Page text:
By: Danielle Bowler
This project maps the colorful array of approximately 300 out of 468 patio spaces, built-out by individual residents of the White building is an element that makes the White Building a spectacle in Phnom Penh. Originally designed by Lu BanHap supervised by Vann Molyvann, the White Building was built based off of European modernist and Khmer ideas that were re-designed to fit the needs of the tropical climactic conditions in Phnom Penh. Through the proliferation of the built-out patio spaces, we can see a critique of the original building brought about by the needs of individual residents. These patio spaces, originally designed to increase light and air circulation into the apartments lack a shading device to protect from the hot sun in the dry season, and frequent rain in the wet season.
The study pulls apart each patio space to understand the tectonics of the build-outs. Through categorization of the basic elements of the structure, it was clear that there were essentially only three structures that can be spatially categorized: the shade space, the extended living space, and the enclosed space. The differentiating factors of these structures are merely the materials used for construction.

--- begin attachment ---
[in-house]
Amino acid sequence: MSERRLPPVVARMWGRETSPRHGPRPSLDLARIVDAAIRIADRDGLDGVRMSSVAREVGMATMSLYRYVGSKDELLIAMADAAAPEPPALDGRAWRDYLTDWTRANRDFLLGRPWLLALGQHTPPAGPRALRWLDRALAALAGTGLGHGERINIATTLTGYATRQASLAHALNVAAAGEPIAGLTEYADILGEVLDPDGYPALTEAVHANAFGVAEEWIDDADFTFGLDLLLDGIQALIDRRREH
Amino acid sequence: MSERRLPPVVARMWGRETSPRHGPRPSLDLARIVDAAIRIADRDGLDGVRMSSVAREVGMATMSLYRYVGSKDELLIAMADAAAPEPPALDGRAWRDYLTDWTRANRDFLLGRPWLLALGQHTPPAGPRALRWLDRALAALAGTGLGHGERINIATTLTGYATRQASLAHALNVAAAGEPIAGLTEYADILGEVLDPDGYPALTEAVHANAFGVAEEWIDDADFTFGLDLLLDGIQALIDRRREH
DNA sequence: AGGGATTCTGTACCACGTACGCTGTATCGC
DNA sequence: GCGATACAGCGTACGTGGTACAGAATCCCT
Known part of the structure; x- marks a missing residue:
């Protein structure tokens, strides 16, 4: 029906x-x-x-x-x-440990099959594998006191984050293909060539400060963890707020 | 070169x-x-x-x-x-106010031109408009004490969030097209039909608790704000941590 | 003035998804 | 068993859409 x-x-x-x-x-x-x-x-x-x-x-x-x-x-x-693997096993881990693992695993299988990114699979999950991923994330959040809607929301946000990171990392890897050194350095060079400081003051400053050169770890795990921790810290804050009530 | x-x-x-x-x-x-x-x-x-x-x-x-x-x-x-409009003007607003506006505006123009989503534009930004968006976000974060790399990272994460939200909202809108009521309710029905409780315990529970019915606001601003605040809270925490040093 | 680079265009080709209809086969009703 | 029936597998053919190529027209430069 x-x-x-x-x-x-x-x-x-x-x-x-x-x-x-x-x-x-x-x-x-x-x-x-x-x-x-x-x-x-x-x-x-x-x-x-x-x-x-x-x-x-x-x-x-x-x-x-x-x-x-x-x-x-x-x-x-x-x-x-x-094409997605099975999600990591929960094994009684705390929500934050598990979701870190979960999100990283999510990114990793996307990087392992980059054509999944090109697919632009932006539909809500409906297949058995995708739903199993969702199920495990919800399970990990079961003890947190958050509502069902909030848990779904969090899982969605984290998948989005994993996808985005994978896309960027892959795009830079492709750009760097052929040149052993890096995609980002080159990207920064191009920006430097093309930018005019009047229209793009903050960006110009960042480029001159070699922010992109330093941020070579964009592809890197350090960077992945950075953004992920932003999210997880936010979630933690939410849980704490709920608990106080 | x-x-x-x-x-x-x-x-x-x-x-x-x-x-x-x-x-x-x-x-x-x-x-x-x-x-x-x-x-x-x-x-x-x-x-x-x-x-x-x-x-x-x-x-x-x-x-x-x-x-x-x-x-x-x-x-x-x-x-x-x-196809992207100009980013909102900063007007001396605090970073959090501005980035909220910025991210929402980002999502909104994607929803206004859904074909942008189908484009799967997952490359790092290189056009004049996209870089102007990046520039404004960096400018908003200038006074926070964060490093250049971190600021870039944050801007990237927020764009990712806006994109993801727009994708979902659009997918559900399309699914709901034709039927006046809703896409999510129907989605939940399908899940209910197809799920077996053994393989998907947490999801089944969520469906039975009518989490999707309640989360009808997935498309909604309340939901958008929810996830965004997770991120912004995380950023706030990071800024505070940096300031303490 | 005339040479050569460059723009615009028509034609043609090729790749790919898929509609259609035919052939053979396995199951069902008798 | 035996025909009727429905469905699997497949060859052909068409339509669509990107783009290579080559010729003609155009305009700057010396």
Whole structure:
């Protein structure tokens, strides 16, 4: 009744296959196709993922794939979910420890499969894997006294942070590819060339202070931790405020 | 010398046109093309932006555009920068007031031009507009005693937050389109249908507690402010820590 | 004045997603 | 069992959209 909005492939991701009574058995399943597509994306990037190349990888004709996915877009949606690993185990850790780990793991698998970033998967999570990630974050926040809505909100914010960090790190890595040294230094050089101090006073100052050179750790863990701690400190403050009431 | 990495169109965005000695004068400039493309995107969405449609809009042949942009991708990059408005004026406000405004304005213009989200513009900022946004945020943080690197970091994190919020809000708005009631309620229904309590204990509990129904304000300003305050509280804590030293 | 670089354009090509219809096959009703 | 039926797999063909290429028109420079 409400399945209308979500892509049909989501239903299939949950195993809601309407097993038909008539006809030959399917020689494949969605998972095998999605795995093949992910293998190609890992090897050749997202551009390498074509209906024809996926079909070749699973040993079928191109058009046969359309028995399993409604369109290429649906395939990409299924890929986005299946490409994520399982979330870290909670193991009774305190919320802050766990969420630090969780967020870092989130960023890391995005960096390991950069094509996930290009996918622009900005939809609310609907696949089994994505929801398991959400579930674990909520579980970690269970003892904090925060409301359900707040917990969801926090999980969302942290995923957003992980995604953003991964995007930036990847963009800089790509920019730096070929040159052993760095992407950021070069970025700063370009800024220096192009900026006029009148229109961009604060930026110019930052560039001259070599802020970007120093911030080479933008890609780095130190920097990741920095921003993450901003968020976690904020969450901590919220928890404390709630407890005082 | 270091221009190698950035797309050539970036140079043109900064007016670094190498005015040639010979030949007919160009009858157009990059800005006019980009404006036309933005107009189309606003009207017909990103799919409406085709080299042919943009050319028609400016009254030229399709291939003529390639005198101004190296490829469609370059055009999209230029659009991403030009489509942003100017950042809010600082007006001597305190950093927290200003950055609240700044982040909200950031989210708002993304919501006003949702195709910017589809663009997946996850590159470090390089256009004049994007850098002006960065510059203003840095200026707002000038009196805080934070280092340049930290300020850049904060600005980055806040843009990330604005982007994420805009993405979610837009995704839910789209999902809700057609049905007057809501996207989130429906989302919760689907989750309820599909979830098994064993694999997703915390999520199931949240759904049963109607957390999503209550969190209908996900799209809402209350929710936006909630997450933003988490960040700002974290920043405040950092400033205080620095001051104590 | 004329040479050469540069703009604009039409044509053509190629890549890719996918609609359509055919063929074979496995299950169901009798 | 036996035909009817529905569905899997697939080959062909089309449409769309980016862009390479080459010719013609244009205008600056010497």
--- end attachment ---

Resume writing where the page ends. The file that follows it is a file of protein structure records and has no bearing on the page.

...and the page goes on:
This study is part of Pen Sereypagna’s research project, “Genealogy of Bassac”, mapping the genealogy of the Bassac area in Phnom Penh as a community based, participatory exercise. A key objective is to discover ways to visualize the differences of urban form rather than continuities, and the characteristics of urban ruptures through various historical eras. The mapping exercise will take place within and be informed by the artistic community of the famous White Building, currently under threat of demolition.
The project is hosted by Sa Sa Art Projects (www.sasaart.info), Phnom Penh’s only artist-run space, in partnership with School of Constructed Environment, PARSONS the New School for Design.